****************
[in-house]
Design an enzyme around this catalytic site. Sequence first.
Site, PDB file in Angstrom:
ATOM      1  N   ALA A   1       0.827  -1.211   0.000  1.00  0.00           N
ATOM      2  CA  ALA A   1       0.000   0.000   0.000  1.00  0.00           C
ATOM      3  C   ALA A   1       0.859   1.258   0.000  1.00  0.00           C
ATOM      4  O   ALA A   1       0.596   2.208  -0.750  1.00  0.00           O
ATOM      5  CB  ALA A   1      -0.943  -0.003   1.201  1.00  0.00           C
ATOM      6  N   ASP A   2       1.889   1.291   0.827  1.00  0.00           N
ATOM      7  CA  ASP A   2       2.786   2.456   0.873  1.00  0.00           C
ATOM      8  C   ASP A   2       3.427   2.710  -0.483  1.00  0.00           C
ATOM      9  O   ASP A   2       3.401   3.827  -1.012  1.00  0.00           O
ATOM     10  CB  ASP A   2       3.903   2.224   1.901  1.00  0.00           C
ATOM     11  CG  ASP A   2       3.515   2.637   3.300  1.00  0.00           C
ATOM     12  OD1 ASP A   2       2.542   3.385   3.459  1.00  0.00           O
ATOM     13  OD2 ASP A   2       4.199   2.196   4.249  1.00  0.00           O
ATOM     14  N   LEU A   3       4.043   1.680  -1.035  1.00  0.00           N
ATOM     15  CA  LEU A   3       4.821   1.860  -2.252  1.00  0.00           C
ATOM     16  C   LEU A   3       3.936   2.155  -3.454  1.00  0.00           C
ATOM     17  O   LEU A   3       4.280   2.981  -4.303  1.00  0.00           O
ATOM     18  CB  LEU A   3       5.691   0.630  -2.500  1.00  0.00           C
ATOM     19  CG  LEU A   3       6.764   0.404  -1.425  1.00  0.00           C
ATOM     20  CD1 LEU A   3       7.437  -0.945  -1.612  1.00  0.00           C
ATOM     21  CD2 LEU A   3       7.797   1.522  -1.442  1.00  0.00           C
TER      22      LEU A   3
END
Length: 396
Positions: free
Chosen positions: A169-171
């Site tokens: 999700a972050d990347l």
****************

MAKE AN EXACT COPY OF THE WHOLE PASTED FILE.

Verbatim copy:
[in-house]
Design an enzyme around this catalytic site. Sequence first.
Site, PDB file in Angstrom:
ATOM      1  N   ALA A   1       0.827  -1.211   0.000  1.00  0.00           N
ATOM      2  CA  ALA A   1       0.000   0.000   0.000  1.00  0.00           C
ATOM      3  C   ALA A   1       0.859   1.258   0.000  1.00  0.00           C
ATOM      4  O   ALA A   1       0.596   2.208  -0.750  1.00  0.00           O
ATOM      5  CB  ALA A   1      -0.943  -0.003   1.201  1.00  0.00           C
ATOM      6  N   ASP A   2       1.889   1.291   0.827  1.00  0.00           N
ATOM      7  CA  ASP A   2       2.786   2.456   0.873  1.00  0.00           C
ATOM      8  C   ASP A   2       3.427   2.710  -0.483  1.00  0.00           C
ATOM      9  O   ASP A   2       3.401   3.827  -1.012  1.00  0.00           O
ATOM     10  CB  ASP A   2       3.903   2.224   1.901  1.00  0.00           C
ATOM     11  CG  ASP A   2       3.515   2.637   3.300  1.00  0.00           C
ATOM     12  OD1 ASP A   2       2.542   3.385   3.459  1.00  0.00           O
ATOM     13  OD2 ASP A   2       4.199   2.196   4.249  1.00  0.00           O
ATOM     14  N   LEU A   3       4.043   1.680  -1.035  1.00  0.00           N
ATOM     15  CA  LEU A   3       4.821   1.860  -2.252  1.00  0.00           C
ATOM     16  C   LEU A   3       3.936   2.155  -3.454  1.00  0.00           C
ATOM     17  O   LEU A   3       4.280   2.981  -4.303  1.00  0.00           O
ATOM     18  CB  LEU A   3       5.691   0.630  -2.500  1.00  0.00           C
ATOM     19  CG  LEU A   3       6.764   0.404  -1.425  1.00  0.00           C
ATOM     20  CD1 LEU A   3       7.437  -0.945  -1.612  1.00  0.00           C
ATOM     21  CD2 LEU A   3       7.797   1.522  -1.442  1.00  0.00           C
TER      22      LEU A   3
END
Length: 396
Positions: free
Chosen positions: A169-171
């Site tokens: 999700a972050d990347l």